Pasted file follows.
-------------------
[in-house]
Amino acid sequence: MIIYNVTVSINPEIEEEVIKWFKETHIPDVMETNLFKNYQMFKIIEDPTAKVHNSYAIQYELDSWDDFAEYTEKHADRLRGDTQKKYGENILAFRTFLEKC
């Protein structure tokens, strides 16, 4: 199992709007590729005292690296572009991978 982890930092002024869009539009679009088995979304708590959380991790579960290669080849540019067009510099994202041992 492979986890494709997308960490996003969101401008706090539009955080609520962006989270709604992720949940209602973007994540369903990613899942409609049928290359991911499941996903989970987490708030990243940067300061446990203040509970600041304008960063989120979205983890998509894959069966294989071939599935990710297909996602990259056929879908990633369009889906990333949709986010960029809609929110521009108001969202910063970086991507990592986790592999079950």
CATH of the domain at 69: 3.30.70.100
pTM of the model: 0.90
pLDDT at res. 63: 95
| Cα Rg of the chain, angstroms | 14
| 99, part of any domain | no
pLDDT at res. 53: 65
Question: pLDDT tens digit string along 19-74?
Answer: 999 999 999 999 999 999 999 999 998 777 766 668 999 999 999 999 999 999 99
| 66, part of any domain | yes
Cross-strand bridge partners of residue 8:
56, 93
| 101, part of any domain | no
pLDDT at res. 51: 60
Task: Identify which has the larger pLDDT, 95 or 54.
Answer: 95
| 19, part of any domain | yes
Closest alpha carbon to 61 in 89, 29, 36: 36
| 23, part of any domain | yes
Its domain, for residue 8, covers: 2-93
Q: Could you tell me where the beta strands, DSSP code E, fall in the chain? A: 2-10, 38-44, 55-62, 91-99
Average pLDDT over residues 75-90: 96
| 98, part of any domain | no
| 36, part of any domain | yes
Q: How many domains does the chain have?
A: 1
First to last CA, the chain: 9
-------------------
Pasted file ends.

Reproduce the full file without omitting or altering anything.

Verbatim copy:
[in-house]
Amino acid sequence: MIIYNVTVSINPEIEEEVIKWFKETHIPDVMETNLFKNYQMFKIIEDPTAKVHNSYAIQYELDSWDDFAEYTEKHADRLRGDTQKKYGENILAFRTFLEKC
């Protein structure tokens, strides 16, 4: 199992709007590729005292690296572009991978 982890930092002024869009539009679009088995979304708590959380991790579960290669080849540019067009510099994202041992 492979986890494709997308960490996003969101401008706090539009955080609520962006989270709604992720949940209602973007994540369903990613899942409609049928290359991911499941996903989970987490708030990243940067300061446990203040509970600041304008960063989120979205983890998509894959069966294989071939599935990710297909996602990259056929879908990633369009889906990333949709986010960029809609929110521009108001969202910063970086991507990592986790592999079950």
CATH of the domain at 69: 3.30.70.100
pTM of the model: 0.90
pLDDT at res. 63: 95
| Cα Rg of the chain, angstroms | 14
| 99, part of any domain | no
pLDDT at res. 53: 65
Question: pLDDT tens digit string along 19-74?
Answer: 999 999 999 999 999 999 999 999 998 777 766 668 999 999 999 999 999 999 99
| 66, part of any domain | yes
Cross-strand bridge partners of residue 8:
56, 93
| 101, part of any domain | no
pLDDT at res. 51: 60
Task: Identify which has the larger pLDDT, 95 or 54.
Answer: 95
| 19, part of any domain | yes
Closest alpha carbon to 61 in 89, 29, 36: 36
| 23, part of any domain | yes
Its domain, for residue 8, covers: 2-93
Q: Could you tell me where the beta strands, DSSP code E, fall in the chain? A: 2-10, 38-44, 55-62, 91-99
Average pLDDT over residues 75-90: 96
| 98, part of any domain | no
| 36, part of any domain | yes
Q: How many domains does the chain have?
A: 1
First to last CA, the chain: 9